Vendors of real estate can agree to accept a reduced deposit - but don't call it that!
As property prices have risen sharply over the past several years, more and more purchasers of real estate who do not have cash or do not want to pay the cost of obtaining a deposit bond request that a reduced amount for the deposit be accepted on exchange of contracts.
The NSW Court of Appeal handed down a judgment on 10 March 2006 which:
- Is a good example of why correctly stating the amount of a deposit is important;
- Provides a reminder that penalties cannot be enforced; and
- Gives a wake up call for clients negotiating commercial property deals and for solicitors preparing contracts for sale to make sure we get it right.
Luong Dinh Luu -v- Sovereign Developments Pty Ltd & 2 Ors  NSWCA 40 Sovereign Developments entered into a contract to sell land at Port Macquarie to Luutin Pty Ltd. The Purchaser's obligations under the Contract were guaranteed by Luong Dinh Luu.
The cover page of the Contract showed:
Price: SIX MILLION, SIX HUNDRED THOUSAND DOLLARS
Deposit: $330, 000.00 $65,000.00 (10% of the price, unless otherwise stated)
Balance: $6,270,000.00 6,535,000.00
Additional Clause 5 of the Contract for Sale read:
"In the event that the Purchaser pays less than ten percent (10%) of the purchase price as deposit, then if the Purchaser commits a default hereunder, the whole of the 10 percent deposit shall become due and payable notwithstanding that this Contract is not completed. This clause shall not merge on completion and the Vendor shall be entitled to sue for recovery of so much of the 10% deposit that remains outstanding as a debt due by the Purchaser to the Vendor."
We can see that originally it was intended that $330,000.00 which is 5% of the purchase price was to be paid as a deposit. This was altered on the Contract by hand to $65,000.00 which is a little less than 1% of the purchase price. Following deeds of variation and other negotiations, the vendor's solicitors served a Notice of Termination of Contract on 8 April 2004. The issue was - did the Purchaser have to pay the "balance of the deposit" or - did forfeiting the amount of $65,000.00 satisfy its obligations under the Contract in relation to the deposit.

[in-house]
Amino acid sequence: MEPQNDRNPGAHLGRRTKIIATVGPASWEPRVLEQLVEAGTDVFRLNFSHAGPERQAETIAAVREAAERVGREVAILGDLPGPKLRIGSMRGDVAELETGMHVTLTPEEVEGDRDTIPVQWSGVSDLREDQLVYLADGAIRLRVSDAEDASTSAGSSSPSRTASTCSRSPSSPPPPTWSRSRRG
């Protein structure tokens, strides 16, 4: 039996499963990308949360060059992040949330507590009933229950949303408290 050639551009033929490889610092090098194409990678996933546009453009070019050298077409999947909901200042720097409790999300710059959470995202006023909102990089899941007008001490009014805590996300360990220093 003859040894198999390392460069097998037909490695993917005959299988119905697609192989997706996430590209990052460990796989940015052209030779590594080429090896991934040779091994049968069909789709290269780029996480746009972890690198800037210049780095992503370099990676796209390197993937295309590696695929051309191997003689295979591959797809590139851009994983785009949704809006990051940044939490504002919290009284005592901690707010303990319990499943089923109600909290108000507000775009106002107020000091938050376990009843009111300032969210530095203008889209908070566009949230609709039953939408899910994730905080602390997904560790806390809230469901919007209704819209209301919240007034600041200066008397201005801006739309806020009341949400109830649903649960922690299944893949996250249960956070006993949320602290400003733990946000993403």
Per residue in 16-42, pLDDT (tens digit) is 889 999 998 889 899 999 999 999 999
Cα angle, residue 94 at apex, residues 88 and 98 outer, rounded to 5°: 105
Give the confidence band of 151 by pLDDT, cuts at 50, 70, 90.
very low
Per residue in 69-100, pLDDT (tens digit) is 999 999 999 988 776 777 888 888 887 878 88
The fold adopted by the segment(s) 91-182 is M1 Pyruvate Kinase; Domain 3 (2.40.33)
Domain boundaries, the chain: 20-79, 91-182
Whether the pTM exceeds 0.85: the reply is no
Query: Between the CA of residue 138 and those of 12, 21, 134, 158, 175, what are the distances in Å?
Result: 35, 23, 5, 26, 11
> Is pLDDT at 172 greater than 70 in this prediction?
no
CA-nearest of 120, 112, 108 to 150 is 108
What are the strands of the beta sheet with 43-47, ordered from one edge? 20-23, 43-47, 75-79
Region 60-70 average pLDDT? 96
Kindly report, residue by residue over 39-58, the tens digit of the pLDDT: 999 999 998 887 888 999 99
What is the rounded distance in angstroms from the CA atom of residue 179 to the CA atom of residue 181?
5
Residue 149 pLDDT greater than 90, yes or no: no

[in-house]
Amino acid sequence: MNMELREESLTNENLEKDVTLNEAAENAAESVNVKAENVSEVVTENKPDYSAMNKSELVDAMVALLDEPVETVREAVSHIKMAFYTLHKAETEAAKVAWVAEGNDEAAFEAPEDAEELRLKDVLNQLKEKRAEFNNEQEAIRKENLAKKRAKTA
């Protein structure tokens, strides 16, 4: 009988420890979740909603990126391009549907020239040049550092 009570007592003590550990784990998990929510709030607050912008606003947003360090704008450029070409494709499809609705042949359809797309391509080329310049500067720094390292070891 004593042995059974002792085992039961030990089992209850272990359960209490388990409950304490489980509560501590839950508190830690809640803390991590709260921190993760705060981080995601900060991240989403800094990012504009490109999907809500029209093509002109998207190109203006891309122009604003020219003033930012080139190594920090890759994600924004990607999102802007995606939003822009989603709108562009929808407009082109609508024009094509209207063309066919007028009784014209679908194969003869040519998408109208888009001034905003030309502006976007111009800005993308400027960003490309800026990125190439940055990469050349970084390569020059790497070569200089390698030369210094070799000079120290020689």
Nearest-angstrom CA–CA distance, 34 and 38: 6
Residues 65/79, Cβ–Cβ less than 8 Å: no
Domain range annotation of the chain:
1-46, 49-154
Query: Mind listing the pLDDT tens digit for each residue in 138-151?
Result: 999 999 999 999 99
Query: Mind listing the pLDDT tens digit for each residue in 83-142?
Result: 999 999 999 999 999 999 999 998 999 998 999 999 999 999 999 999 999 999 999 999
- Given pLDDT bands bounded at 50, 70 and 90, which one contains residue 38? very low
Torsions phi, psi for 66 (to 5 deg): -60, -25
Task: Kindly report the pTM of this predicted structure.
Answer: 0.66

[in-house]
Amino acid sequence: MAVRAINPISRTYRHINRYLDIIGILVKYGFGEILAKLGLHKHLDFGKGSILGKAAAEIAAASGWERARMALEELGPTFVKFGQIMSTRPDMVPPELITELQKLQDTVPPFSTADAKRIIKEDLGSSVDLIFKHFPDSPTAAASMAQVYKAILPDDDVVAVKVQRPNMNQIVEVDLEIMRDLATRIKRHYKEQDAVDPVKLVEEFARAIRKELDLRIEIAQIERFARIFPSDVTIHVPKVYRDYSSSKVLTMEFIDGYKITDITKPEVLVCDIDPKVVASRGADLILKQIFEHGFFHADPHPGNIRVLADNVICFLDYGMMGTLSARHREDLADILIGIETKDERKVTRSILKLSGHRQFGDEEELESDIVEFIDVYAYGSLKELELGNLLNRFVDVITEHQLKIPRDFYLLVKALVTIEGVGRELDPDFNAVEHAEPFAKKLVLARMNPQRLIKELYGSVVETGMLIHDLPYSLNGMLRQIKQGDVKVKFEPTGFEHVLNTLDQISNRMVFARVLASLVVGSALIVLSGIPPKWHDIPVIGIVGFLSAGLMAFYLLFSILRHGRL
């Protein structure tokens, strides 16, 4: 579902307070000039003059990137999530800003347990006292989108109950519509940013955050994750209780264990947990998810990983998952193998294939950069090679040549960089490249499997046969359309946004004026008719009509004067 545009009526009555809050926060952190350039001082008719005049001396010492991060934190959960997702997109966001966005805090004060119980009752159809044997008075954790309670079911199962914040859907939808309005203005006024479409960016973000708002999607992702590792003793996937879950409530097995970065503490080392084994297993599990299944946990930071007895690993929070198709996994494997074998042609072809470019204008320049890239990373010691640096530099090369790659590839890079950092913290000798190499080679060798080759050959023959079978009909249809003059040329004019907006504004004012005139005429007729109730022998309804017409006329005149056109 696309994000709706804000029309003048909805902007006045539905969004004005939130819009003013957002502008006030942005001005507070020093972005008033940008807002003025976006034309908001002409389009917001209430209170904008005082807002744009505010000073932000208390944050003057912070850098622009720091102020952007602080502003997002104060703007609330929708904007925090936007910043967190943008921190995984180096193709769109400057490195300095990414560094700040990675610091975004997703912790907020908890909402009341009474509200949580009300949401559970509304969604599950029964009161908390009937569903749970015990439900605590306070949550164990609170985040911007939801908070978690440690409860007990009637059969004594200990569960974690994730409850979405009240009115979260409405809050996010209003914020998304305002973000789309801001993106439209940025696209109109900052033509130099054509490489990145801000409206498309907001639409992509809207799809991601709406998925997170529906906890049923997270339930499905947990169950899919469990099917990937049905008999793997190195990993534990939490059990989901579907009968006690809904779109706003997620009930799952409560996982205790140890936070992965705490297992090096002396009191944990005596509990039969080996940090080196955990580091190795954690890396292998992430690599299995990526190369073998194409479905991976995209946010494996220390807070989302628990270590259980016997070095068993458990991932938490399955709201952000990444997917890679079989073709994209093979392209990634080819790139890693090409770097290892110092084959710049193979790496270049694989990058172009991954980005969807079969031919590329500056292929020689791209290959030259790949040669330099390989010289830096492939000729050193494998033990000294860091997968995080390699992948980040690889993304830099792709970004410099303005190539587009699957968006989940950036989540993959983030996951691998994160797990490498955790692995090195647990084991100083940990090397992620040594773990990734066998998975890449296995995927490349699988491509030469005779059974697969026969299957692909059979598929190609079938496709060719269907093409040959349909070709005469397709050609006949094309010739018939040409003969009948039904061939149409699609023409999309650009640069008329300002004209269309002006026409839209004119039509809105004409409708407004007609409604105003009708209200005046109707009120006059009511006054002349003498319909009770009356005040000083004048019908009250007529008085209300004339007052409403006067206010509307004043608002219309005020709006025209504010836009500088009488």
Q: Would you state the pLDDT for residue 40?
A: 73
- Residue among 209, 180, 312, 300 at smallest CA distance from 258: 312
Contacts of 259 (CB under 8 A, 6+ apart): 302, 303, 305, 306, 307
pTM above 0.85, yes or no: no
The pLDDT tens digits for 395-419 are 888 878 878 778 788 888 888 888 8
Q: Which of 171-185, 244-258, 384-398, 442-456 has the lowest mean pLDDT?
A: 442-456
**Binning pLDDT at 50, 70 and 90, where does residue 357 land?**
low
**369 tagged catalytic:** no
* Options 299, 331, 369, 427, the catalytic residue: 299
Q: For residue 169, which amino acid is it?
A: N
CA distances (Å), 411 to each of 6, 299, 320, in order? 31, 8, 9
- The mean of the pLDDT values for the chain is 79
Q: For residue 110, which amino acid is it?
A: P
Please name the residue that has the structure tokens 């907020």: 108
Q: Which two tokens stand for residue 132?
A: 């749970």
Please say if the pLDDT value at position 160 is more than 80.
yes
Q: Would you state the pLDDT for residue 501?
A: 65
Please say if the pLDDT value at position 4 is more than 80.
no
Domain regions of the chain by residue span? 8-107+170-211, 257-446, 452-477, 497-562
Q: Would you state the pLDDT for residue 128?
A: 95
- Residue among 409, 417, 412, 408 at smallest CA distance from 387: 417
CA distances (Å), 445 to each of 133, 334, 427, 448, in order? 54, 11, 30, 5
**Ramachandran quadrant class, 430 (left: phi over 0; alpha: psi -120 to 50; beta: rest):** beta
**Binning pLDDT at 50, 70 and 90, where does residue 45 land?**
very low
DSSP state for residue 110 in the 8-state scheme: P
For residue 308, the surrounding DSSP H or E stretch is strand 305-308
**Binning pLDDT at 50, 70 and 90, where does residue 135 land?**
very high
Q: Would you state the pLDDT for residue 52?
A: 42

The District Court found that the "balance of the deposit" was payable and that the Additional Clause 5 was not void for uncertainty - the NSW Court of Appeal found otherwise.
Why We Pay A Deposit
In his judgment Justice Bryson endorsed the view set out in Ashtown -v- Kirk  2 Qd R 1:
"A deposit is considered an "earnest" of the bargain or its performance ... that is designed to demonstrate the sincerity of the contracting party who is to pay it. For that reason, it is ordinarily beyond the reach of equitable relief against penalties or forfeiture, at least if it is not excessive or unconscionable in amount, of which in Queensland the equivalent of 10 percent of the purchase moneys is ordinarily considered the upper limit ....."
What If the Deposit is Really a Penalty
Justice Bryson also referred to Ringrow Pty Ltd -v- BP Australia Pty Limited  HCA 71,80 ALJR219 where the High Court stated "the law of penalties, in its standard application, is attracted where a contract stipulates that on breach the contract-breaker will pay an agreed sum which exceeds what can be regarded as a genuine pre-estimate of the damage likely to be caused by the breach".
What Justice Bryson said of Additional Clause 5
The main observations made were:
- The clause does not expressly provide to the effect that the deposit shall be 10% of the purchase price, but in two places uses language which assumes that the deposit is 10% of the purchase price.
- The assumptions that 10% of the purchase price was payable were inconsistent with the clear provision shown on the cover page of the Contract.
- His Honour said that "no doubt the words used by the parties mean that the deposit was $65,000.00; this is stated in plain language and it cannot be overcome by implications drawn from the language in Special Condition 5 which appears to assume that in some way the deposit is 10% of the purchase price". He also pointed out that if there is any ambiguity, the meaning conveyed by the hand written alteration would be given primacy.
Justice Bryson held the purchaser should forfeit the deposit of $65,000 only.
What This Case Reminds Us to Do
1. Unless agreed to secure the Purchaser's obligations under the contract by payment of a deposit of less than 10%, do not show a figure of less than 10% on the cover page of the contract for sale.
2. Ensure an appropriately worded clause is included in the contract to overcome the argument that the payment of the "balance of the deposit" is actually the deposit and is not in the way of a penalty.
3. Make a commercial decision whether part payment of a deposit will be acceptable or should the Vendor insist on the Purchaser (if they don't have the cash) securing their obligations by way of deposit bond or by some other means.
4. Don't call it a reduced deposit unless that is what you mean.